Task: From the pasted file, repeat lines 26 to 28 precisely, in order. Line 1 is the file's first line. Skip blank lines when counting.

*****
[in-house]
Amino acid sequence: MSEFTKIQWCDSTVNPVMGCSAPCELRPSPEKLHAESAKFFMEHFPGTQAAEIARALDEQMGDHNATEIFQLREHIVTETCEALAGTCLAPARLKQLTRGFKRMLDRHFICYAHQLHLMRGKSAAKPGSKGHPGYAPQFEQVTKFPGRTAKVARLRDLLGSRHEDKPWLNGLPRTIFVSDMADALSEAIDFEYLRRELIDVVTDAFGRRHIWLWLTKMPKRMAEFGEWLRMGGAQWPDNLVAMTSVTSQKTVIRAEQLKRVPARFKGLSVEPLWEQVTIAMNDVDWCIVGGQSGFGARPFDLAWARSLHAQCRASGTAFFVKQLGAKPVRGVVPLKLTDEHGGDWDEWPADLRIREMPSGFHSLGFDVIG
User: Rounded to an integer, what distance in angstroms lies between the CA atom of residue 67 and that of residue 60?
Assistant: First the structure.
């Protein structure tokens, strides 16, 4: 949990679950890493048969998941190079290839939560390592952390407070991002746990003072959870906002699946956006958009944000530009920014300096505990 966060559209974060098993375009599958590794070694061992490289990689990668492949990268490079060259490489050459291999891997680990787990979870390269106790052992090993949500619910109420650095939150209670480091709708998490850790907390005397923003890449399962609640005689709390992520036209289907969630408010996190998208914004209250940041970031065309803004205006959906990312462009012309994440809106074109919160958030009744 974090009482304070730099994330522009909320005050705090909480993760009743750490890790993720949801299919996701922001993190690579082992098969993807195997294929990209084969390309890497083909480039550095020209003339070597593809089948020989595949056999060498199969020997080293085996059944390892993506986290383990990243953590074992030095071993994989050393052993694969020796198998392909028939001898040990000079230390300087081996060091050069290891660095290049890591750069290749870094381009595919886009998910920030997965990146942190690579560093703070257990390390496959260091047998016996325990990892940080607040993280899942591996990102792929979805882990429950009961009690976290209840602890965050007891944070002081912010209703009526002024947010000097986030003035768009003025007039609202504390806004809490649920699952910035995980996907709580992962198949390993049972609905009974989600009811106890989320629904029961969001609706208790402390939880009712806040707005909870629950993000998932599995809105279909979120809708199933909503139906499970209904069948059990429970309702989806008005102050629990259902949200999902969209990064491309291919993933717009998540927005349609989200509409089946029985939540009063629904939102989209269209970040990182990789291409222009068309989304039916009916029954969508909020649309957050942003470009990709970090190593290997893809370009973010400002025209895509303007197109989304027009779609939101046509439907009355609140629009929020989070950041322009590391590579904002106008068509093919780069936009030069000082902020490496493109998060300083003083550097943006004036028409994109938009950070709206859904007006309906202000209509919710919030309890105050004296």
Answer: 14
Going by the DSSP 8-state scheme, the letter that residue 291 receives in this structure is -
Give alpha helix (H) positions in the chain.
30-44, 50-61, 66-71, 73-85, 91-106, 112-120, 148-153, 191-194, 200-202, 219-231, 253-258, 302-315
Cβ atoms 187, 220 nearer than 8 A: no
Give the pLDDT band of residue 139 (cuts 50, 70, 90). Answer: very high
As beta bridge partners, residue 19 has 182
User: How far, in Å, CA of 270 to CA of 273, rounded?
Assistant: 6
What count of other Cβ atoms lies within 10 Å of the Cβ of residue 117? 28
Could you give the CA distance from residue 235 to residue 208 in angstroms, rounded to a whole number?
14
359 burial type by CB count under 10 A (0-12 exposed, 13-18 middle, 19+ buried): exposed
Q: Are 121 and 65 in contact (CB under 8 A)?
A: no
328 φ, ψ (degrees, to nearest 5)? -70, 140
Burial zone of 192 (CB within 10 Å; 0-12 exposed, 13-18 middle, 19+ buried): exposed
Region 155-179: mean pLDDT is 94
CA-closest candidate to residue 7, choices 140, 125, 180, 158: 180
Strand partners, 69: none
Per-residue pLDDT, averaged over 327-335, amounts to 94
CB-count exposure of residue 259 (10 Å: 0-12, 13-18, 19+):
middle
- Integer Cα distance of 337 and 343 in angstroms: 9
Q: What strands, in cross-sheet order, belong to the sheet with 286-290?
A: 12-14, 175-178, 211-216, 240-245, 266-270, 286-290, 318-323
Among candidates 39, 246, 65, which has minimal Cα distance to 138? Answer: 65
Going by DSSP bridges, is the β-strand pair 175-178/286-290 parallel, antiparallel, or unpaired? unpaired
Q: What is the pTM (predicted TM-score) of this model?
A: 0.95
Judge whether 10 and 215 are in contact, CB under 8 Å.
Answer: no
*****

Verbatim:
Per-residue pLDDT, averaged over 327-335, amounts to 94
CB-count exposure of residue 259 (10 Å: 0-12, 13-18, 19+):
middle